Godfrey, Ill. – Lewis and Clark Community College’s Dental Assisting and Dental Hygiene programs both recently received re-accreditation from the American Dental Association's Commission on Dental Accreditation (CODA), without the need for reporting requirements.
Four ADA-CODA representatives visited campus in November 2010, but due to the commission’s meeting schedule, news on the programs' status was not released until last month.
“It was a long nine months, waiting to hear from the commission, but the program's outcomes provided solid evidence that we are either meeting or exceeding the standards set forth by CODA,” said Michelle Singley, who has been coordinator of the Dental Hygiene program since its inception in 1995.
CODA accreditation means that both programs effectively afford quality educational opportunities to their students, and are continually working to improve their educational standards. The process to attain accreditation is a long and detailed one.
Every seven years, each of the nation’s 300+ dental hygiene programs and of almost 300 accredited dental assisting programs is visited by the ADA-CODA, which reviews the school’s accomplishments based on CODA standards and makes suggestions for improvement.
Ahead of the visit, program faculty and staff wrote and compiled volumes of evidence supporting the programs as they relate to institutional effectiveness, educational program, administration, faculty and staff, educational support services, health and safety provisions, and patient care services. During the two and a half day visit, the ADA-CODA team interviewed faculty, staff, administration, and students, and toured many sites on campus.
“The results of this site visit could not have been accomplished without the assistance of a great many people: our administration, faculty, staff and students worked hard for this ‘approval without reporting status,’ and our housekeeping, maintenance, and facilities staff took personal pride in preparing our facility,” Singley said. “This accomplishment is noted as a true team effort!"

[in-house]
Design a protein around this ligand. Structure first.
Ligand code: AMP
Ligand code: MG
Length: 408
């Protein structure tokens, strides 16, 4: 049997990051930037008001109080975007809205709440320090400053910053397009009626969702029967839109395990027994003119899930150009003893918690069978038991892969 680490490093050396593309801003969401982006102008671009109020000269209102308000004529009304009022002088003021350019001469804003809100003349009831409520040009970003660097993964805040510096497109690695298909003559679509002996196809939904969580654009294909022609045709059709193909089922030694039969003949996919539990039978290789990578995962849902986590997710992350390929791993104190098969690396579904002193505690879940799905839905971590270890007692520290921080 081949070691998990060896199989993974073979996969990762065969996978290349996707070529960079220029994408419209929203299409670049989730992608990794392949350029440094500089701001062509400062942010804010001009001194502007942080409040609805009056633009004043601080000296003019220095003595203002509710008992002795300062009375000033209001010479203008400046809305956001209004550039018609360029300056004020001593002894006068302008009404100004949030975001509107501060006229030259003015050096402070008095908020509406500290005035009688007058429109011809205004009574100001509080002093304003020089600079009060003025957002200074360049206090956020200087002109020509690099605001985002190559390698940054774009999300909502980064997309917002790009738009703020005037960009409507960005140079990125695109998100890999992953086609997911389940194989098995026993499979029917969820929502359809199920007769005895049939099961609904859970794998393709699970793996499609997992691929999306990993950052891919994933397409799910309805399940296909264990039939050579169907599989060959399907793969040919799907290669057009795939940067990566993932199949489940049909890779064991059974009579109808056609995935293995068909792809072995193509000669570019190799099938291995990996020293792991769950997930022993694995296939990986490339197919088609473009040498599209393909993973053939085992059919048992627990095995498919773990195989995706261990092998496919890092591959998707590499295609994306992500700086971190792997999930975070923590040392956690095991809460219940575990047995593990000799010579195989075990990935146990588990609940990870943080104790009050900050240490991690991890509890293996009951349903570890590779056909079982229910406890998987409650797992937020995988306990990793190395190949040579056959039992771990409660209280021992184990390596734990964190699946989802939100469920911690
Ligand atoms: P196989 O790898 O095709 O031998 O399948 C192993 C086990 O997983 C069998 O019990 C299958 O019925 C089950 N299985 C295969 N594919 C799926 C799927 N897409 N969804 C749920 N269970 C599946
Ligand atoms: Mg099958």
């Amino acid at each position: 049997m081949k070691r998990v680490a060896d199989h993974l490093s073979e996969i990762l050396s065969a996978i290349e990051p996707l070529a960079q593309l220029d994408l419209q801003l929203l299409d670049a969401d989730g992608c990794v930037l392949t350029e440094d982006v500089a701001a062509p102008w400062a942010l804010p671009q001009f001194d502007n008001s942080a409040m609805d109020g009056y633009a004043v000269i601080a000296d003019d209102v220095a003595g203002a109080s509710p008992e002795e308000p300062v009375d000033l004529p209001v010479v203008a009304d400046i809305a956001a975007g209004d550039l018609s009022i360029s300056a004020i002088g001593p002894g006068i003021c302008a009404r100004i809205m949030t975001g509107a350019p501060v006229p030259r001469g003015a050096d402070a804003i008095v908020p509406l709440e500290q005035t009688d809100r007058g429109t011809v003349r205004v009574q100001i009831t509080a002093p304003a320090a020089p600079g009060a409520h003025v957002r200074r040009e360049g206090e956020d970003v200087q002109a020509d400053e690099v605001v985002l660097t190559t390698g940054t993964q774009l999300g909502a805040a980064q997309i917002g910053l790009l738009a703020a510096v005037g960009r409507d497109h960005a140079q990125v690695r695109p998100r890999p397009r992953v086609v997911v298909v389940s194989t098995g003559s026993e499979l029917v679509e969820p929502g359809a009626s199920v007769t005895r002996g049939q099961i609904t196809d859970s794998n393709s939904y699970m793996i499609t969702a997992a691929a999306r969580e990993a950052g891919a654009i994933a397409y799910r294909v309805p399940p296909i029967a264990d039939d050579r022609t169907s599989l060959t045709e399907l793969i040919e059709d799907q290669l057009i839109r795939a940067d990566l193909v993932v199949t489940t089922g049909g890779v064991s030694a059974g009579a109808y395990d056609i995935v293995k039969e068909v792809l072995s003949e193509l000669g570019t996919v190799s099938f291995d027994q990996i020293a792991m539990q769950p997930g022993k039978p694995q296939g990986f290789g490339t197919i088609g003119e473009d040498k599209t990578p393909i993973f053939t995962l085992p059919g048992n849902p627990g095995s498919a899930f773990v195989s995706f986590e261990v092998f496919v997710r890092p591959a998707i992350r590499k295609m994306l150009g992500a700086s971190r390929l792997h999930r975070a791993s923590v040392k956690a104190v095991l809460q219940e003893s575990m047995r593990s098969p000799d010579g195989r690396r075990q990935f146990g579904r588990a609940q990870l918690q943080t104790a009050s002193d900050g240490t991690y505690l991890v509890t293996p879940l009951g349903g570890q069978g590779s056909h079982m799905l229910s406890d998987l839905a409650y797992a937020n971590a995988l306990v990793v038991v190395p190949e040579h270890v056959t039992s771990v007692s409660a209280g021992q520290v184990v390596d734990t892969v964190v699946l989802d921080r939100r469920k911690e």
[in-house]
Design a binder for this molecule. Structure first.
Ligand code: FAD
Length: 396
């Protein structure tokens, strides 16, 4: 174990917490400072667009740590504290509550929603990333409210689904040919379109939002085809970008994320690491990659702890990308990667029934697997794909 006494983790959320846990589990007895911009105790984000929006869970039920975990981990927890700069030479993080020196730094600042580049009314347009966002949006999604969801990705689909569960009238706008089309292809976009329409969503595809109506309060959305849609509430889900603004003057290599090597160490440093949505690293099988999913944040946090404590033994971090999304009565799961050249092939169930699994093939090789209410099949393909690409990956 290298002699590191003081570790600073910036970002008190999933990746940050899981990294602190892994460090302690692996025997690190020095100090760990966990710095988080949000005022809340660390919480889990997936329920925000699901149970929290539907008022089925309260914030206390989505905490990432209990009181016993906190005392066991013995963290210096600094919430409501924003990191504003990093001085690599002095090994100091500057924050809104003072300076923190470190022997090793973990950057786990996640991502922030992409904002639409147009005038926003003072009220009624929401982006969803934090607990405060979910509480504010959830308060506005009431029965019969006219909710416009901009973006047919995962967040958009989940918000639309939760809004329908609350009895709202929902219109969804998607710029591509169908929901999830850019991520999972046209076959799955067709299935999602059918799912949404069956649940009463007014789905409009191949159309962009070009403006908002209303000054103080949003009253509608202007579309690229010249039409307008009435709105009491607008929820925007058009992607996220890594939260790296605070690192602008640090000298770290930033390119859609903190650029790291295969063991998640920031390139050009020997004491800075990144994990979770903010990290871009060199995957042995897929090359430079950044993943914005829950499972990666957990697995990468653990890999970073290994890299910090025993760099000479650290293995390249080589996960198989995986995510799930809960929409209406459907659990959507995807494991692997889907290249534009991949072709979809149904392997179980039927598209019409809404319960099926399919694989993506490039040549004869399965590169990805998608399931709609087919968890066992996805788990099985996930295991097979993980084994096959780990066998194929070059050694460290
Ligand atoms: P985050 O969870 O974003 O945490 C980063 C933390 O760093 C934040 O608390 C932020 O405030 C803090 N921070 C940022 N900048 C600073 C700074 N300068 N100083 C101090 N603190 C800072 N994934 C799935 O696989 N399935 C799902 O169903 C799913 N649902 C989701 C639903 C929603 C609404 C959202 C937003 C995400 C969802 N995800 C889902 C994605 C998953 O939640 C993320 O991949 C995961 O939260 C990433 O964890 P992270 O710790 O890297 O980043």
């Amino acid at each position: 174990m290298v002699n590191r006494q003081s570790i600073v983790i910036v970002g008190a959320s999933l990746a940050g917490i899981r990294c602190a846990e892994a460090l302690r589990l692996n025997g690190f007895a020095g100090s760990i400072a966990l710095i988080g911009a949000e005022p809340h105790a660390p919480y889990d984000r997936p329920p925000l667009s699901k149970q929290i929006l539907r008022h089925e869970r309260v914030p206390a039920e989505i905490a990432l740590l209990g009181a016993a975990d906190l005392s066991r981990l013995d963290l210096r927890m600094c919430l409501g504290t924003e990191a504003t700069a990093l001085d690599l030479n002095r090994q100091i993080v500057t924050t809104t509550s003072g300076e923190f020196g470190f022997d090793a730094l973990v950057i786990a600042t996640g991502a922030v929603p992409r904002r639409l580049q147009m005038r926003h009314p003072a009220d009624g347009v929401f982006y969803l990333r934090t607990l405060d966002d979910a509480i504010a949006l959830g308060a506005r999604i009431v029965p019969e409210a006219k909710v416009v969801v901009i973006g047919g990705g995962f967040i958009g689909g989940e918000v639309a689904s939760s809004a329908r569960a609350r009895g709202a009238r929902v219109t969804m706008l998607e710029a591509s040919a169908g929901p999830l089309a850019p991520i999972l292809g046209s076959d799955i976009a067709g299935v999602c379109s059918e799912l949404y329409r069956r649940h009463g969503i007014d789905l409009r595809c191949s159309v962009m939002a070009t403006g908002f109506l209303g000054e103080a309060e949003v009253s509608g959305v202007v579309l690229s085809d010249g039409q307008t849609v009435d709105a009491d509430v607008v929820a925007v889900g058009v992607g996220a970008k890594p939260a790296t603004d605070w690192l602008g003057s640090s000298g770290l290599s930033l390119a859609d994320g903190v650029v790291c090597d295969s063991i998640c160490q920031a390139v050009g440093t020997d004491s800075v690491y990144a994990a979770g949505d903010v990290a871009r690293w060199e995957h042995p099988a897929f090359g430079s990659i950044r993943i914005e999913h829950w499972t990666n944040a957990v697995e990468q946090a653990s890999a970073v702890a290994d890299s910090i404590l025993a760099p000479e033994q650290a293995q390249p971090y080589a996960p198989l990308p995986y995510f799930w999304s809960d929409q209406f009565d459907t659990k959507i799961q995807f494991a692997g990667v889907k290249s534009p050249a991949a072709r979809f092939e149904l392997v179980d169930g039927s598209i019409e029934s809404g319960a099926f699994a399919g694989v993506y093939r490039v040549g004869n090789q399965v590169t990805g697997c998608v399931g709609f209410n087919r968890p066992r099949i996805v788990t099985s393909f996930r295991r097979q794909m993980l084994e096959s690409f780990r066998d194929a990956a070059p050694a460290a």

The programs' success holds special significance to the faculty, who support the unique one+one career ladder program design, which takes students from a Certificate of Proficiency in dental assisting to an Associate in Applied Science degree in dental hygiene.
"The fact that our dental hygiene students graduate with dual credentials makes them valuable, well-rounded employees in the dental office setting,” said Chris Hallstead, coordinator of the Dental Assisting program, and a graduate of both programs. “My experiences as a student in the L&C dental programs led to an amazing career in dentistry that could only be surpassed by my opportunity to return as an educator in these programs."
L&C’s dental assisting and dental hygiene programs, initiated in 1972 and 1995, respectively, are known for their rigorous requirements. The bar is set high to help students perform well on the national board exams and clinical board examinations. For dental hygiene, success on these board examinations is a requirement for licensure.
This was CODA’s sixth evaluation of the dental assisting program and fourth site evaluation of the dental hygiene program. The programs were last evaluated in July 2004, and were also approved without reporting requirements. The next ADA-CODA site visit will take place in 2017.
“The external accreditation from ADA-CODA demonstrates the quality of the dental assisting and dental hygiene programs. The rigor of the accreditation process exemplifies the exceptional work of the dental assisting and dental hygiene faculty and staff. The faculty members need to be commended for their dedication to the program and their students,” said Donna Meyer, dean of Health Sciences at Lewis and Clark.
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